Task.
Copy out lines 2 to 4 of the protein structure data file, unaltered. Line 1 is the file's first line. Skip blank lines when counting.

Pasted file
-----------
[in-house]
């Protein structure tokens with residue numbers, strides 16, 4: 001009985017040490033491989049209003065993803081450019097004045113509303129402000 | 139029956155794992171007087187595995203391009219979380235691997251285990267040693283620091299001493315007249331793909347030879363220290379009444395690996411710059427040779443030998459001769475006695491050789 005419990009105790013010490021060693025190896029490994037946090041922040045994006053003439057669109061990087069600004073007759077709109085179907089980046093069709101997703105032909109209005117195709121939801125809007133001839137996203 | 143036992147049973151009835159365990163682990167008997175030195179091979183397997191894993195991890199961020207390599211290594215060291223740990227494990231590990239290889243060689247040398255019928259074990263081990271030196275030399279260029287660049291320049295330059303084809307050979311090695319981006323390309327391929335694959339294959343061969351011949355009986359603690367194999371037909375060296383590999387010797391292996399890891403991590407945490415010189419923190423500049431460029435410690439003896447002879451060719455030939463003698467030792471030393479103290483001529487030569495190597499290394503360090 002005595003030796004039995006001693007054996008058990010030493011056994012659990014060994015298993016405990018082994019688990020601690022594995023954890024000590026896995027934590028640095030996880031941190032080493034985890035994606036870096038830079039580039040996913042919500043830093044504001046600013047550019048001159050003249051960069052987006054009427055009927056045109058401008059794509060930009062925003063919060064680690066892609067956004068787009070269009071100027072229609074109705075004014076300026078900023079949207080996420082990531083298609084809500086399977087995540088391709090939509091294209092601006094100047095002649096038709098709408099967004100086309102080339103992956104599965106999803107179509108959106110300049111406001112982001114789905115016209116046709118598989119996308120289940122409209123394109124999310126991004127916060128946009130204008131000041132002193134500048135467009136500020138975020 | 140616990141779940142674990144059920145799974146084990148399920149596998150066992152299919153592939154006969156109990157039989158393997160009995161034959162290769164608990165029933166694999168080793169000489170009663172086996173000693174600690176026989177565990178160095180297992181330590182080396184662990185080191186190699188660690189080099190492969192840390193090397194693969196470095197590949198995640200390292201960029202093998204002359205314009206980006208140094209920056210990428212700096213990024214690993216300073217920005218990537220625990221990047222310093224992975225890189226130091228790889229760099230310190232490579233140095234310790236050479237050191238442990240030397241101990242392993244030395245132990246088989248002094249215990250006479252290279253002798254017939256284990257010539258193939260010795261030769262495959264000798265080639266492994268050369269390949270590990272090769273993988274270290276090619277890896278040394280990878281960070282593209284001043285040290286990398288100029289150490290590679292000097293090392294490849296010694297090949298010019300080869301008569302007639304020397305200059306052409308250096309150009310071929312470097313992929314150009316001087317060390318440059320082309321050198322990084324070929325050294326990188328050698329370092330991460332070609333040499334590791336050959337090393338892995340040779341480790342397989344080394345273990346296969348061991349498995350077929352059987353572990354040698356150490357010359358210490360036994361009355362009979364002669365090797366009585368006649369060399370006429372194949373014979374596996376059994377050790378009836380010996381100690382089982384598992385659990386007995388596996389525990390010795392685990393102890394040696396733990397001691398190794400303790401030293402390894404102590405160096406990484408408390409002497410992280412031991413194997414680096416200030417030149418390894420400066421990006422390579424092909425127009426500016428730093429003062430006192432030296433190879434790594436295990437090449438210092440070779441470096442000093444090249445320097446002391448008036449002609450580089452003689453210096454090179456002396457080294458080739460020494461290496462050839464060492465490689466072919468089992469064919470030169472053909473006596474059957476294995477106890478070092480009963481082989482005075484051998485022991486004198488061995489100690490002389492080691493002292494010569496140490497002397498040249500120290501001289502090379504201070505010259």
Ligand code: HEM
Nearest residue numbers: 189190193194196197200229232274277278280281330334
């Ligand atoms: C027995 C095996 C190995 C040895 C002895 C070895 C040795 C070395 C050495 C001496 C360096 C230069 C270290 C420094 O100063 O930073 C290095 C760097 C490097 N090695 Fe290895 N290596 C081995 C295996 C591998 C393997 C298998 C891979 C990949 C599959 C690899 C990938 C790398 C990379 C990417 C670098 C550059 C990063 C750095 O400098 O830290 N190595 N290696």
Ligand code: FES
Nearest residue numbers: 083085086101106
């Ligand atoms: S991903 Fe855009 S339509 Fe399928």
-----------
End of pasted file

């Protein structure tokens with residue numbers, strides 16, 4: 001009985017040490033491989049209003065993803081450019097004045113509303129402000 | 139029956155794992171007087187595995203391009219979380235691997251285990267040693283620091299001493315007249331793909347030879363220290379009444395690996411710059427040779443030998459001769475006695491050789 005419990009105790013010490021060693025190896029490994037946090041922040045994006053003439057669109061990087069600004073007759077709109085179907089980046093069709101997703105032909109209005117195709121939801125809007133001839137996203 | 143036992147049973151009835159365990163682990167008997175030195179091979183397997191894993195991890199961020207390599211290594215060291223740990227494990231590990239290889243060689247040398255019928259074990263081990271030196275030399279260029287660049291320049295330059303084809307050979311090695319981006323390309327391929335694959339294959343061969351011949355009986359603690367194999371037909375060296383590999387010797391292996399890891403991590407945490415010189419923190423500049431460029435410690439003896447002879451060719455030939463003698467030792471030393479103290483001529487030569495190597499290394503360090 002005595003030796004039995006001693007054996008058990010030493011056994012659990014060994015298993016405990018082994019688990020601690022594995023954890024000590026896995027934590028640095030996880031941190032080493034985890035994606036870096038830079039580039040996913042919500043830093044504001046600013047550019048001159050003249051960069052987006054009427055009927056045109058401008059794509060930009062925003063919060064680690066892609067956004068787009070269009071100027072229609074109705075004014076300026078900023079949207080996420082990531083298609084809500086399977087995540088391709090939509091294209092601006094100047095002649096038709098709408099967004100086309102080339103992956104599965106999803107179509108959106110300049111406001112982001114789905115016209116046709118598989119996308120289940122409209123394109124999310126991004127916060128946009130204008131000041132002193134500048135467009136500020138975020 | 140616990141779940142674990144059920145799974146084990148399920149596998150066992152299919153592939154006969156109990157039989158393997160009995161034959162290769164608990165029933166694999168080793169000489170009663172086996173000693174600690176026989177565990178160095180297992181330590182080396184662990185080191186190699188660690189080099190492969192840390193090397194693969196470095197590949198995640200390292201960029202093998204002359205314009206980006208140094209920056210990428212700096213990024214690993216300073217920005218990537220625990221990047222310093224992975225890189226130091228790889229760099230310190232490579233140095234310790236050479237050191238442990240030397241101990242392993244030395245132990246088989248002094249215990250006479252290279253002798254017939256284990257010539258193939260010795261030769262495959264000798265080639266492994268050369269390949270590990272090769273993988274270290276090619277890896278040394280990878281960070282593209284001043285040290286990398288100029289150490290590679292000097293090392294490849296010694297090949298010019300080869301008569302007639304020397305200059306052409308250096309150009310071929312470097313992929314150009316001087317060390318440059320082309321050198322990084324070929325050294326990188328050698329370092330991460332070609333040499334590791336050959337090393338892995340040779341480790342397989344080394345273990346296969348061991349498995350077929352059987353572990354040698356150490357010359358210490360036994361009355362009979364002669365090797366009585368006649369060399370006429372194949373014979374596996376059994377050790378009836380010996381100690382089982384598992385659990386007995388596996389525990390010795392685990393102890394040696396733990397001691398190794400303790401030293402390894404102590405160096406990484408408390409002497410992280412031991413194997414680096416200030417030149418390894420400066421990006422390579424092909425127009426500016428730093429003062430006192432030296433190879434790594436295990437090449438210092440070779441470096442000093444090249445320097446002391448008036449002609450580089452003689453210096454090179456002396457080294458080739460020494461290496462050839464060492465490689466072919468089992469064919470030169472053909473006596474059957476294995477106890478070092480009963481082989482005075484051998485022991486004198488061995489100690490002389492080691493002292494010569496140490497002397498040249500120290501001289502090379504201070505010259």
Ligand code: HEM
Nearest residue numbers: 189190193194196197200229232274277278280281330334